At Bernardo’s trial, the videotapes were introduced into evidence by the prosecution.  Karla Homolka was vigorously and effectively cross-examined by defence counsel to demonstrate that she was not an abused coerced wife who unwilling indulged in sexual activity with the victims, but a person who enjoyed sexually assaulting them and could be their killer.  However, Bernardo was convicted by the jury of murdering the two girls.

Subsequently, Mr. Murray was charged with attempt to obstruct justice for concealing the critical tapes for 17 months.  Apparently, the prosecution had no quarrel with M. Murray’s handling of the non-critical tapes.  However, it alleged that his retention of the critical tapes for 17 months constituted an attempt to obstruct justice because they constituted incriminating evidence of Bernardo’s murders, and the defence had no legal right to conceal their existence for the months preceding the Bernardo trial . Mr. Murray took the position that he was legally entitled to retain all the tapes to use at trial in his client’s defence.  Thus the legal issue arose as to his right to retain the critical tapes for the defence.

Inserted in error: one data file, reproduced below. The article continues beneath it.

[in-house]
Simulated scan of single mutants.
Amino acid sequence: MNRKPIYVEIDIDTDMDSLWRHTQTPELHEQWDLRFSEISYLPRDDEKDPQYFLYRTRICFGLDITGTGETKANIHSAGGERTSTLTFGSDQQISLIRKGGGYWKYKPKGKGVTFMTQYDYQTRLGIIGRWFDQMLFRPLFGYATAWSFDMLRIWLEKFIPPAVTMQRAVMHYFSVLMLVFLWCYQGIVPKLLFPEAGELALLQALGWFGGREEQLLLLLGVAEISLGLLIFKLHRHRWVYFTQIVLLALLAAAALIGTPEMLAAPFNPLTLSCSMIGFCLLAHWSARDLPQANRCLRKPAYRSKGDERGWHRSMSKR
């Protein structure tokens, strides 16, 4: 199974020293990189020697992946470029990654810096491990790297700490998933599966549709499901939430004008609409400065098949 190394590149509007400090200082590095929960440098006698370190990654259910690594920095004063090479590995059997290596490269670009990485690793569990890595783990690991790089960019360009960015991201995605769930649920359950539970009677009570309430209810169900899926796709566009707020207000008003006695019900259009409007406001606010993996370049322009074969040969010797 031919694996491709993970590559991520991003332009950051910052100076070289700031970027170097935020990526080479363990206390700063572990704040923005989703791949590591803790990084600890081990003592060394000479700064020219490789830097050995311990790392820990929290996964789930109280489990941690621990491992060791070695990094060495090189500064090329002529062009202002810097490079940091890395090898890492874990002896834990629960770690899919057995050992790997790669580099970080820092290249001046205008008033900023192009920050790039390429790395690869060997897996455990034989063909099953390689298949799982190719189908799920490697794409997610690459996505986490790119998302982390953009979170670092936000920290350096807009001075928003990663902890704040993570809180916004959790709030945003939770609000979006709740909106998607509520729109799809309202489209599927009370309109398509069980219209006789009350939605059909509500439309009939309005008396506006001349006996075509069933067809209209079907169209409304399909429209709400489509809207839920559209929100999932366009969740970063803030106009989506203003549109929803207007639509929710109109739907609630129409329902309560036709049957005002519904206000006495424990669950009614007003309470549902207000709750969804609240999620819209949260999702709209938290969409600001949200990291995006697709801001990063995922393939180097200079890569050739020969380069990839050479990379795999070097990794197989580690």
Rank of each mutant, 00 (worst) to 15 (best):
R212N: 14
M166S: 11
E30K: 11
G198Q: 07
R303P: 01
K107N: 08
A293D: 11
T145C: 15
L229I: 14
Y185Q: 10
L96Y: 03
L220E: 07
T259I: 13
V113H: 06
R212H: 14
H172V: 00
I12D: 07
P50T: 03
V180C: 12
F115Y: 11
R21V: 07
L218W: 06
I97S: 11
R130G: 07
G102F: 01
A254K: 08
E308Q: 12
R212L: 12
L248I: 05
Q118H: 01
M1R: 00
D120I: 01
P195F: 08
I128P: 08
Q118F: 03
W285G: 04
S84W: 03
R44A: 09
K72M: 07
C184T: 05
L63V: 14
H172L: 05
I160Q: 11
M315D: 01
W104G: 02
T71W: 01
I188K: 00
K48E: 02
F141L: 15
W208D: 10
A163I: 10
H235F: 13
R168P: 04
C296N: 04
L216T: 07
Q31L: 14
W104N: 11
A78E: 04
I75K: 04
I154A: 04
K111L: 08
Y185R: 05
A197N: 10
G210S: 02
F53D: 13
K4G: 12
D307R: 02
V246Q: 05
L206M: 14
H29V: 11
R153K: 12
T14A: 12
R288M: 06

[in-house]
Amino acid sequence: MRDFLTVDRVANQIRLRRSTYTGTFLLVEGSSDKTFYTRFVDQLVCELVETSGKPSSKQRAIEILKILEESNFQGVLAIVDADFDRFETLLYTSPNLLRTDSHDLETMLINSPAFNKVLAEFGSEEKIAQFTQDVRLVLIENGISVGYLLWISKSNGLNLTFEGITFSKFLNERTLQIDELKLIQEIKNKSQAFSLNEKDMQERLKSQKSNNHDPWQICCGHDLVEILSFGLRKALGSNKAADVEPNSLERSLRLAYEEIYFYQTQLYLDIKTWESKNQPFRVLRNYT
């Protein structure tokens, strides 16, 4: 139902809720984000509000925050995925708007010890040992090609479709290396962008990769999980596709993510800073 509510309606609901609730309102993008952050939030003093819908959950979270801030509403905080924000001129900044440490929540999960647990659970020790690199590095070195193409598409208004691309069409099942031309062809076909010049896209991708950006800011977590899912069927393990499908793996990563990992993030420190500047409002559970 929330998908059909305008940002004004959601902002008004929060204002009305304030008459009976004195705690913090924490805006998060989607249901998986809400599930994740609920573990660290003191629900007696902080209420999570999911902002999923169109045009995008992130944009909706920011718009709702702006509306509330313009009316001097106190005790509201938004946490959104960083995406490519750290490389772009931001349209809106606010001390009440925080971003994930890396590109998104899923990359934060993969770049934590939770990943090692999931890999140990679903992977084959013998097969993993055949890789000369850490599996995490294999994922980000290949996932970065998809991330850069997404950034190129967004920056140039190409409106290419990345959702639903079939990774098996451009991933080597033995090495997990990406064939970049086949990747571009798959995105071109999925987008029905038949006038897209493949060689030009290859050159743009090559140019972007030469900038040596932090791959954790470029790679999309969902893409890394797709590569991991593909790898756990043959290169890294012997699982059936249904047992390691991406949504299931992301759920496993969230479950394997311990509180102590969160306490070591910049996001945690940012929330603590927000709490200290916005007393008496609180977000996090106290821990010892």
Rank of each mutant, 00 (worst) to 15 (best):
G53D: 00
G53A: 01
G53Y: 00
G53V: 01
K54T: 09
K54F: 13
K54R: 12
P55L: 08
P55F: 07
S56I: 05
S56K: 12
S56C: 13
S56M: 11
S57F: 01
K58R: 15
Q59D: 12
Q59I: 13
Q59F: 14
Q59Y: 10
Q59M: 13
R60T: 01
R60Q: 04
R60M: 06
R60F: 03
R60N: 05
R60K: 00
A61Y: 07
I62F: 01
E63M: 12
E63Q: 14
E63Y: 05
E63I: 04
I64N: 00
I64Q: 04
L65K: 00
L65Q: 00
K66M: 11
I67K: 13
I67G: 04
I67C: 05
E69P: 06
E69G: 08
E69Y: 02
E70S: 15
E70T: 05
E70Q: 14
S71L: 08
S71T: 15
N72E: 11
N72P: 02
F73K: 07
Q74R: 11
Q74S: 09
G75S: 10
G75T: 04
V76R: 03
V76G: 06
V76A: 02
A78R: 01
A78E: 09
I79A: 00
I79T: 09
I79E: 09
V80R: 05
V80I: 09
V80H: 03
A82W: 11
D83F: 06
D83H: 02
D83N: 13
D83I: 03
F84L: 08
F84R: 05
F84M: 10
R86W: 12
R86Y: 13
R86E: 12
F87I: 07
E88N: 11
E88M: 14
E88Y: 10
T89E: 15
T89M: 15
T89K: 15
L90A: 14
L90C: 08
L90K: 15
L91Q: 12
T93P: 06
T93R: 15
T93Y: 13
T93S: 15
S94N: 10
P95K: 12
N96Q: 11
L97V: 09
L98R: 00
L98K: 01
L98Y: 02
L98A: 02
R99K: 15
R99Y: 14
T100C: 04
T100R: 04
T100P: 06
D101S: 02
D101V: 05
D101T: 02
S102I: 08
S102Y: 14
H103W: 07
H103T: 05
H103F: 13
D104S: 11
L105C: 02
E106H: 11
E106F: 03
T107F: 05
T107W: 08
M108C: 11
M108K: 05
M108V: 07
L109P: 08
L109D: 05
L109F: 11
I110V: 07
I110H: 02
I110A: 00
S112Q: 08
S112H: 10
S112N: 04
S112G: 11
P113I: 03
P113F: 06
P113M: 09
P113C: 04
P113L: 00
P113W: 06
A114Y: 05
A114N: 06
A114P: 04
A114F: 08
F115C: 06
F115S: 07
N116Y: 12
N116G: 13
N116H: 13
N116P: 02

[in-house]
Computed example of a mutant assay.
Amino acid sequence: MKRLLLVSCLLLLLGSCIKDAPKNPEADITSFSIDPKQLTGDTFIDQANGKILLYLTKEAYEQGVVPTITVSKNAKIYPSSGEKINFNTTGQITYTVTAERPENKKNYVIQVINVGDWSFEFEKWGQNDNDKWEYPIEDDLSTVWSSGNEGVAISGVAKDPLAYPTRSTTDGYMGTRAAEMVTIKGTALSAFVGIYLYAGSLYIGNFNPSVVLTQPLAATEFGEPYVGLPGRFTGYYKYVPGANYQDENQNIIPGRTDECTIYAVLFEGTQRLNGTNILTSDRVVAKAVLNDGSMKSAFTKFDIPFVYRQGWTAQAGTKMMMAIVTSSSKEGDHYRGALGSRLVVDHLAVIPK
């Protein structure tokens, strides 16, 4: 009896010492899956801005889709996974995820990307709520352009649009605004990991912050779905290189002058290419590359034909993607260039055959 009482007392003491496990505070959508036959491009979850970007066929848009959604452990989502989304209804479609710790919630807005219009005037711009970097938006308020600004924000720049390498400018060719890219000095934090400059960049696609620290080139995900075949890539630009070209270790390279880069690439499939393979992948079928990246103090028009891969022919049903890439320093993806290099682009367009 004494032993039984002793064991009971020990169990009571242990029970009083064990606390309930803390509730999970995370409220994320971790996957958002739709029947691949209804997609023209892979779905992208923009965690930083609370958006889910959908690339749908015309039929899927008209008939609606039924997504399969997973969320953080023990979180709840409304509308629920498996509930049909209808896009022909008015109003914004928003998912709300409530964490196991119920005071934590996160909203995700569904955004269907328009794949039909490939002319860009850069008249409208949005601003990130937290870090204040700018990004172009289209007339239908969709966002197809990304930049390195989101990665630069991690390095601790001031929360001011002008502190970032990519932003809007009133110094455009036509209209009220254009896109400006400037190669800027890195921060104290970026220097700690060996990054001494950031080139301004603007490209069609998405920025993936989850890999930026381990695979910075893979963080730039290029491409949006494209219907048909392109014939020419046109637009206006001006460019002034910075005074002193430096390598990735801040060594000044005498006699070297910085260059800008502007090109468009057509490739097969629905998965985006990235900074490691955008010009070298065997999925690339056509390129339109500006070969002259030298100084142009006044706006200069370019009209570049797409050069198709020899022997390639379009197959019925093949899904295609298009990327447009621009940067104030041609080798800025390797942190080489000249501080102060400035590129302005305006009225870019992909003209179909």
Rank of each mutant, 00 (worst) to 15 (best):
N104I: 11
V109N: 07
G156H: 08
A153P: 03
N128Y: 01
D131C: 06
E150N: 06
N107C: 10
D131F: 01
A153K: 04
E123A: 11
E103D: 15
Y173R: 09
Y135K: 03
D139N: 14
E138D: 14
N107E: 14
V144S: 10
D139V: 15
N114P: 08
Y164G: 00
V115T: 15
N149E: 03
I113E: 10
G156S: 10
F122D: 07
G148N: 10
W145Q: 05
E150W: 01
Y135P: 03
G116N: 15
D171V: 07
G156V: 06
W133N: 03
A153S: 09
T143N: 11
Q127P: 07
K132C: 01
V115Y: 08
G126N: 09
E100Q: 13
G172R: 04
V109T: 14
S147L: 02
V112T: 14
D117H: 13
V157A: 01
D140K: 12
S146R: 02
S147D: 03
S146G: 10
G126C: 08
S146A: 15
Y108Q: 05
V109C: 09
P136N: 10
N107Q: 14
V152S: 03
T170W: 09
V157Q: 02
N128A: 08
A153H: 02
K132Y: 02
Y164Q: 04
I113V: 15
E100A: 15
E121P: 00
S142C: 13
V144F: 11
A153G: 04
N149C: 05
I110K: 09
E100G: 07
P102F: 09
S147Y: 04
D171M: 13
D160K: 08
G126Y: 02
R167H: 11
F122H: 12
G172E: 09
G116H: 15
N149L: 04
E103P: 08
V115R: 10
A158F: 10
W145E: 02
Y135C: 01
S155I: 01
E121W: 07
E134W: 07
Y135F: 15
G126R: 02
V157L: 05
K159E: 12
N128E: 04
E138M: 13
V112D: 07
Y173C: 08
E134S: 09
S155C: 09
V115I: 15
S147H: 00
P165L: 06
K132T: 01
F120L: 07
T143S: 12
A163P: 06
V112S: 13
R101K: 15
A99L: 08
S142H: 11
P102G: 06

After a trial that continued for seven weeks, Justice Patrick Gravely delivered written reasons for acquitting Mr. Murray,.  However, his decision did not address all the parameters of the problem involving counsel’s obligations as to incriminating evidence.  His reasons did refer to the dearth of legal authority in Canada on the issue and the articles and comments by lawyers on panels that sough to address it, and reflected that if Mr. Murray had consulted them he might have been “confused”.  Justice Gravely characterized the videotapes as being “products and instrumentalities of crime” which were ‘far more potent hard evidence than the oft-mentioned “smoking gun” and “bloody shirt”.[5]  They were dramatic evidence of Bernardo’s crimes.  They were not covered by the solicitor-client privilege.  He cited the Canadian writes and panelists that dealt with what lawyers should do with “bloody shirts” and “smoking guns” and concluded that although Mr. Murray perhaps had the right to retain the tapes for a reasonable time to view them or test them (although testing them was not contemplated), he had no right to conceal the tapes until Bernardo’s trial.  Because returning the tapes to Bernardo or to the place where he obtained them was not possible, he had three options:  to turn them over to the authorities, or to turn them over to the court, or to notify the authorities of their existence, and then litigate the issue whether he could retain them in the face of a search warrant.